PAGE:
Lady Bird Lake

New plans revealed for Lady Bird Lake: More developments, trails and roads

New plans revealed for Lady Bird Lake: Developments, trails and roads

view of downtown Austin from Boardwalk Trail on Lady Bird Lake
The City of Austin is planning on adding roads, trails and more along Lady Bird Lake. Photo courtesy of The Trail Foundation/Facebook

KVUE — The city is revealing its plan for the 97 acres along the south shore of Lady Bird Lake, including more roads, running trails, trees, buildings, recreational spaces and a rail stop. The area is currently a hodgepodge of businesses with a lack of connecting streets, open space and access to the lake.

"The current system is [that] we make kind of one-off deals with development parcels but in the end, they don't add up," said Alan Holt, principal planner for the city's South Central Waterfront Initiative (SCW).

Holt is charged with changing that. For the past few years, the city has worked on a plan for the 97 acres stretching from Hooters to Joe's Crab Shack. It created an interim draft vision that revamps the area, but the plan has met some conflict.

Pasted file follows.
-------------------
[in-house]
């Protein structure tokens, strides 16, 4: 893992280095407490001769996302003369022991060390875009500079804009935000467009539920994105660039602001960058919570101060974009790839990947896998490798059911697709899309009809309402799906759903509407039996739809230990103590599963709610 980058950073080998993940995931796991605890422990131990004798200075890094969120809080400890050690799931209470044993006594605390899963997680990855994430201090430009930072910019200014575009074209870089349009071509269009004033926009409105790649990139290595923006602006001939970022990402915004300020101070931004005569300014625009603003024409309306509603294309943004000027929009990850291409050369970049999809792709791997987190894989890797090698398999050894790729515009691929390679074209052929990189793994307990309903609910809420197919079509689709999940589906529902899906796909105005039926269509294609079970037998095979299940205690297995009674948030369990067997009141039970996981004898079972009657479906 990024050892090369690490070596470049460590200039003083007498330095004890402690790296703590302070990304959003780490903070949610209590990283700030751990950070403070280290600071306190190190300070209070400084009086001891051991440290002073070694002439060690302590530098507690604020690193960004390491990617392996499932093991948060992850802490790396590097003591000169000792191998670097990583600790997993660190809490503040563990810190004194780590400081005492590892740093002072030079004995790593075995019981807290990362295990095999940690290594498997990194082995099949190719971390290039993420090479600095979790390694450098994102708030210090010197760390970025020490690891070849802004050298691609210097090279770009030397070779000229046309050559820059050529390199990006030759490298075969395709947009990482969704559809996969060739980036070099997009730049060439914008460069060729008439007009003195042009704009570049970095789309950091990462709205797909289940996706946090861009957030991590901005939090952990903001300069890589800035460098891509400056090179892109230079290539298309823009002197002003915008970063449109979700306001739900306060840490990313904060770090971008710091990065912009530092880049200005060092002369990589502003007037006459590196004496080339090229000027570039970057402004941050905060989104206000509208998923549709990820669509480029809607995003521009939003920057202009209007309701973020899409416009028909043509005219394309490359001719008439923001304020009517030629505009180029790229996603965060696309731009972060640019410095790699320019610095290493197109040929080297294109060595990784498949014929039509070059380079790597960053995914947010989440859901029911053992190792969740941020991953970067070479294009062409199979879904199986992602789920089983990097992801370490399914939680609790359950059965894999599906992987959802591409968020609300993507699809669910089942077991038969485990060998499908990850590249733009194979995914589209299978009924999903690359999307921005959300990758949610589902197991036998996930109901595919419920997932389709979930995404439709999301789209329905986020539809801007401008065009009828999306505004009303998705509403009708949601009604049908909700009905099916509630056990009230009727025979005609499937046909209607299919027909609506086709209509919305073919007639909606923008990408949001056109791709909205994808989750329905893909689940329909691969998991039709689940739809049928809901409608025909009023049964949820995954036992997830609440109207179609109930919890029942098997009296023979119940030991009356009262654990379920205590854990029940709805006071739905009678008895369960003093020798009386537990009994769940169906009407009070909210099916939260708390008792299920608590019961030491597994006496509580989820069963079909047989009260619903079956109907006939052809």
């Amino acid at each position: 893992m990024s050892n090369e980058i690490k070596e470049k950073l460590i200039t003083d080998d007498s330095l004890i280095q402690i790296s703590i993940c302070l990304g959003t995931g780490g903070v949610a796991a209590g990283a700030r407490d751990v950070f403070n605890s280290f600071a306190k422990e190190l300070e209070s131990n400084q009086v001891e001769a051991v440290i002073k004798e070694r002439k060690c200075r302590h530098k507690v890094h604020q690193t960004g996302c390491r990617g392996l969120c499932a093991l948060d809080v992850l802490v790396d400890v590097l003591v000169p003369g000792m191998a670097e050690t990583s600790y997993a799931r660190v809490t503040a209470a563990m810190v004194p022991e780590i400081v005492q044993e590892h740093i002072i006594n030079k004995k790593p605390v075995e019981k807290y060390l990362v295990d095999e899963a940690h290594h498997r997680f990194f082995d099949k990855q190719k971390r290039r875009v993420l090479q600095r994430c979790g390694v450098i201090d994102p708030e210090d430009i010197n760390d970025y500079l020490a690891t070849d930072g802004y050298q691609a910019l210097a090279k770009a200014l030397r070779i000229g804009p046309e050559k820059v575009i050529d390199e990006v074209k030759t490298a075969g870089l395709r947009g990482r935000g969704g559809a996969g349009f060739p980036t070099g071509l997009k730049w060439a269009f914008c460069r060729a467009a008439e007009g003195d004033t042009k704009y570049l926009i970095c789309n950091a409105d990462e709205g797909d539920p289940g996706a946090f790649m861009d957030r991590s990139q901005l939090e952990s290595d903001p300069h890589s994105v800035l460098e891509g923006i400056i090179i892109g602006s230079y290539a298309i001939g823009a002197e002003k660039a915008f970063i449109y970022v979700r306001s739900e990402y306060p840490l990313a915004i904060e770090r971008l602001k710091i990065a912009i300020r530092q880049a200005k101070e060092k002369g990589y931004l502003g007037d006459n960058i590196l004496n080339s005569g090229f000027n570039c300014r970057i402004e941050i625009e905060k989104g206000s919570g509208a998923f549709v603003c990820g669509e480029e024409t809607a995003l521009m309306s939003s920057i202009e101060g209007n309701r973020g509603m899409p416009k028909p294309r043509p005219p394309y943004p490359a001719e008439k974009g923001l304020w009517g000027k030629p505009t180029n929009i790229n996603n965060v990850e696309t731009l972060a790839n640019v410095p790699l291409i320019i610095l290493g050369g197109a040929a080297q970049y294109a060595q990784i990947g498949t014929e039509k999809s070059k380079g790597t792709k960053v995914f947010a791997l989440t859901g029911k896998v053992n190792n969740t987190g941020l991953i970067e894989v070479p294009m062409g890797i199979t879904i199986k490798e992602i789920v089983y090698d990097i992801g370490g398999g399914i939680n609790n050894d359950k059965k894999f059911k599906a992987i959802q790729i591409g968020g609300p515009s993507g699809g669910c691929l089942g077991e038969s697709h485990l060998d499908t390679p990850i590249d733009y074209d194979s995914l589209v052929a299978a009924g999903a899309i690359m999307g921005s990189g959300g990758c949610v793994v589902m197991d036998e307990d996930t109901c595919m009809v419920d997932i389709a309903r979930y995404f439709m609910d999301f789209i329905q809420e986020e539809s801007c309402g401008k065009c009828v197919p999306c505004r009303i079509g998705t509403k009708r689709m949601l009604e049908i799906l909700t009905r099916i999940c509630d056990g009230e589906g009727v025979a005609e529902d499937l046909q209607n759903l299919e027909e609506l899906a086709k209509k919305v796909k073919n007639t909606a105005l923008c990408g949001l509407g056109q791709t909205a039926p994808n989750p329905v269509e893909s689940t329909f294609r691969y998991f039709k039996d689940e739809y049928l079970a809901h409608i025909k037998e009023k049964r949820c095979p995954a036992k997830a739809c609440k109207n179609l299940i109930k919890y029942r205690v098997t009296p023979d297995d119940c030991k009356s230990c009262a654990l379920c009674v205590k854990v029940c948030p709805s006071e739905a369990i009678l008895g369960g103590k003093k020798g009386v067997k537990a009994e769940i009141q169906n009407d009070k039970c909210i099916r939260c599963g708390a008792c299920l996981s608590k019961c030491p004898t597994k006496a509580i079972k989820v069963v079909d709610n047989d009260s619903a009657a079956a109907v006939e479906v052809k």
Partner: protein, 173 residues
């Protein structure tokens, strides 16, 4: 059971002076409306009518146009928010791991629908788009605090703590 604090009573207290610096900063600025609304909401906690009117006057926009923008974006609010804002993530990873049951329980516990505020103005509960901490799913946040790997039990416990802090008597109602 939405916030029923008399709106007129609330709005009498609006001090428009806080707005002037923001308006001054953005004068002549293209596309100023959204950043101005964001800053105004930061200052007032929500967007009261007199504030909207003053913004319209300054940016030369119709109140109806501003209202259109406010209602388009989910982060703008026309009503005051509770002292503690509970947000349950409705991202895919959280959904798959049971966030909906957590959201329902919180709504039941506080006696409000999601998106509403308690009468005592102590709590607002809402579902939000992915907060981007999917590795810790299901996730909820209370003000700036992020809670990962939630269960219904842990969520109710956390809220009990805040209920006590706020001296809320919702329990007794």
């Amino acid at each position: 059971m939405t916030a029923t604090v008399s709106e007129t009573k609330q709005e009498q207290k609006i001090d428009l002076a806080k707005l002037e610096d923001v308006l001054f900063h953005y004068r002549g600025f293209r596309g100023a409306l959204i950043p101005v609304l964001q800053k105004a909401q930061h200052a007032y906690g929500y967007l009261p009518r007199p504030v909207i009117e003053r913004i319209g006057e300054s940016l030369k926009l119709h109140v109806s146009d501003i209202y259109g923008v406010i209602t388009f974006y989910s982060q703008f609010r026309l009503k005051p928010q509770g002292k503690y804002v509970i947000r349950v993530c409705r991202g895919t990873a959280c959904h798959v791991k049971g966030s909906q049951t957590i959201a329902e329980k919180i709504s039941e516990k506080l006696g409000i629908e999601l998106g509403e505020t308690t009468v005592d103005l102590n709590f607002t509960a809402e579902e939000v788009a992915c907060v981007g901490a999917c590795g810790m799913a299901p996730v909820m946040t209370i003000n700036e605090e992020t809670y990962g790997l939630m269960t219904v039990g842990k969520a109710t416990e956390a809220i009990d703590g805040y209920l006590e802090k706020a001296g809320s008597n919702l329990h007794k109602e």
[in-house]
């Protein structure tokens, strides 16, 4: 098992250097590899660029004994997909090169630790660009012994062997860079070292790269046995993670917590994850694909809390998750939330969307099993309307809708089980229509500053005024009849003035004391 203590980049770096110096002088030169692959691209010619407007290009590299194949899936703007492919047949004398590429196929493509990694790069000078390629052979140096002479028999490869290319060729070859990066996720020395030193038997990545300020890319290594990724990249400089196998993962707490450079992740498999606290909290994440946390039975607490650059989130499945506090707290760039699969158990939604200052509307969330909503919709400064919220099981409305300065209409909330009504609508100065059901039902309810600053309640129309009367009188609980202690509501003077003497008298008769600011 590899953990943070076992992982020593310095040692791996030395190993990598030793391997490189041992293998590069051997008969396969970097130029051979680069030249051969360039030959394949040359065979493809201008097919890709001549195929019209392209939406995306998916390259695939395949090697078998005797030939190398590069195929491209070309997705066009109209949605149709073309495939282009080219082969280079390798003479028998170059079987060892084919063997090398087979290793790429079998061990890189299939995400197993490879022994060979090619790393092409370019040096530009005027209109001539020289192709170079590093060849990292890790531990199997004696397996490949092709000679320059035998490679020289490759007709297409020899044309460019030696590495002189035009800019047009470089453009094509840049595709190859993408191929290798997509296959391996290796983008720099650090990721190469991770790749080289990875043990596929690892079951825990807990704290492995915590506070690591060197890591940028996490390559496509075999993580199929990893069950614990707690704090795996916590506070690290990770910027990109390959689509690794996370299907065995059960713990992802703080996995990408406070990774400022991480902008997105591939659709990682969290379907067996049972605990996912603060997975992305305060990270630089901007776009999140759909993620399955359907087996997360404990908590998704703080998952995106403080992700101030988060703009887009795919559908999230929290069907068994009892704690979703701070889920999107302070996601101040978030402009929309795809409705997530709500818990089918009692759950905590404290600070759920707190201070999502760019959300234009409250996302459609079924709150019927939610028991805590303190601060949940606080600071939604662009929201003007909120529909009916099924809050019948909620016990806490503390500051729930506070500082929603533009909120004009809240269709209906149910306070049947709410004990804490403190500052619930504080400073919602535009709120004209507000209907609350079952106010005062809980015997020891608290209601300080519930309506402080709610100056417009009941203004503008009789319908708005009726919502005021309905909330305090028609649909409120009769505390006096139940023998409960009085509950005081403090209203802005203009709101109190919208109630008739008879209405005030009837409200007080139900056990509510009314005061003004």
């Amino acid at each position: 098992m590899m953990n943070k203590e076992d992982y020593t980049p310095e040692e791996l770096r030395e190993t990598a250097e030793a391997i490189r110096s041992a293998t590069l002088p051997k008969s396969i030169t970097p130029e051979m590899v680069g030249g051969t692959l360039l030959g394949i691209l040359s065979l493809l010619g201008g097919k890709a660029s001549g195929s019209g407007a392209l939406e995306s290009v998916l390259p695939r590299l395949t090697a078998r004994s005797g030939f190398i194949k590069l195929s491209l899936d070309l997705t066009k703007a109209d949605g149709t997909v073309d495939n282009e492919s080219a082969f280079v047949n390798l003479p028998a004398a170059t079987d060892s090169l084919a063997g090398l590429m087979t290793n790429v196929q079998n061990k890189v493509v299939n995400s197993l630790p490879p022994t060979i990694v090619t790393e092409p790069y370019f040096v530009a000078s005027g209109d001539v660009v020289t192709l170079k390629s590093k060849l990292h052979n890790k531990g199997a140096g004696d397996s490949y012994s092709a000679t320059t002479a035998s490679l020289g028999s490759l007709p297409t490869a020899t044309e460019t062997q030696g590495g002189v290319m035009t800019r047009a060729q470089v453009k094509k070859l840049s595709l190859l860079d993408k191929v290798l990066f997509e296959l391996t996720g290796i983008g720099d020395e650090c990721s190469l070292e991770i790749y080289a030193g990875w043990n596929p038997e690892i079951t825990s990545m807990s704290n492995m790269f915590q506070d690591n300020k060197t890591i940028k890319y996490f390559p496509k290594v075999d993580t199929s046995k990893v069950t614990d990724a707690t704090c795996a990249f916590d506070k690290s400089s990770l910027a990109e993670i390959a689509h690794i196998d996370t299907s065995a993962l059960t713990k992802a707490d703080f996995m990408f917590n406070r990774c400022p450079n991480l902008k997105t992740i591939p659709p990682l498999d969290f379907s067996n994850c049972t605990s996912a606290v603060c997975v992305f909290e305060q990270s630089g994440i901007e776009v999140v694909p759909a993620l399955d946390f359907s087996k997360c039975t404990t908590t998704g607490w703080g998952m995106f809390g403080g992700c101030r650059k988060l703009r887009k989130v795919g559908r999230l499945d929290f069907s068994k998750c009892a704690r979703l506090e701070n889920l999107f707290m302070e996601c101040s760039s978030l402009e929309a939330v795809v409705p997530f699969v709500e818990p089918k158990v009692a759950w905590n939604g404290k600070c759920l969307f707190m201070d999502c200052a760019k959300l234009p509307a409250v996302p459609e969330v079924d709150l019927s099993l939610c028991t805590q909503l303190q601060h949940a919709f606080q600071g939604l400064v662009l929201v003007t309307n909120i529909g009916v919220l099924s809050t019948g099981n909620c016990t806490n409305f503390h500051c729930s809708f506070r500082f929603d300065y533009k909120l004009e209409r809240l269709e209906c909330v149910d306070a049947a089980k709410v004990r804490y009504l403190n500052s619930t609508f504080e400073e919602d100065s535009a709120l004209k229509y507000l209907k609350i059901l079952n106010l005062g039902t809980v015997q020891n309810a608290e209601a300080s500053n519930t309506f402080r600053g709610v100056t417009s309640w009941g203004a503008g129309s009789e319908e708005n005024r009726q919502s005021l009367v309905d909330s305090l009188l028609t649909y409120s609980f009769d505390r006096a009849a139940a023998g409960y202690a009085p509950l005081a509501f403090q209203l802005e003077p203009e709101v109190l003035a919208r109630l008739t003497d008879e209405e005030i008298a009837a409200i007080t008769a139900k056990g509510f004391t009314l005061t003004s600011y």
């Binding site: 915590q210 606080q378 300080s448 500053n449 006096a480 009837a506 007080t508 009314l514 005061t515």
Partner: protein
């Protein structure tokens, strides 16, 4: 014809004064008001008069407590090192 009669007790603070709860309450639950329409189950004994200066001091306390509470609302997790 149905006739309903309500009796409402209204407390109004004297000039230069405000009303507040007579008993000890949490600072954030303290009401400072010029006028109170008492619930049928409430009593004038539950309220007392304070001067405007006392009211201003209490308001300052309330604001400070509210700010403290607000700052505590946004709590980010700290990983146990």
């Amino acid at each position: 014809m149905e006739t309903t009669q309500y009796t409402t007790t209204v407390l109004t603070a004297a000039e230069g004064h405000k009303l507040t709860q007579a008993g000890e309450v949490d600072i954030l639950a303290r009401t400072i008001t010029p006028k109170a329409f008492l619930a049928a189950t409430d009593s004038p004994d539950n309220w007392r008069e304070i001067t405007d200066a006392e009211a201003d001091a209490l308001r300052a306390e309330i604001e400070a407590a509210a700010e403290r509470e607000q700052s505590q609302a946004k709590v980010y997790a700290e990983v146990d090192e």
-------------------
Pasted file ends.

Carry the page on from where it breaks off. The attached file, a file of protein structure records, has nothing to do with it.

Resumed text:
The city's vision suggests the Austin American-Statesman property, 19.3 acres owned by parent company Cox Media Group, will be redeveloped. On one of the renderings, the current building is gone.

"It makes sense that eventually something else is likely to take place at that property. And so we don't know when that's going to be exactly, but we do know that change is coming," said Holt.

Statesman publisher Susie Ellwood said there are no plans for the property and released a statement that simply states, "The Austin American-Statesman building and property is not for sale."

Regardless, city leaders say the area needs a plan. Without one, city staff said $1.2 billion will be spent redeveloping the area in the next five to 10 years, and the result will be more clustered buildings. With a plan, the investment dollars increase to at least $1.8 billion and tax revenue from that can be designated for affordable housing or parks.

The city is expanding its plans and kicking off the next step of the planning process by hosting a discussion with internationally renowned waterfront designer and Harvard professor Alex Krieger.


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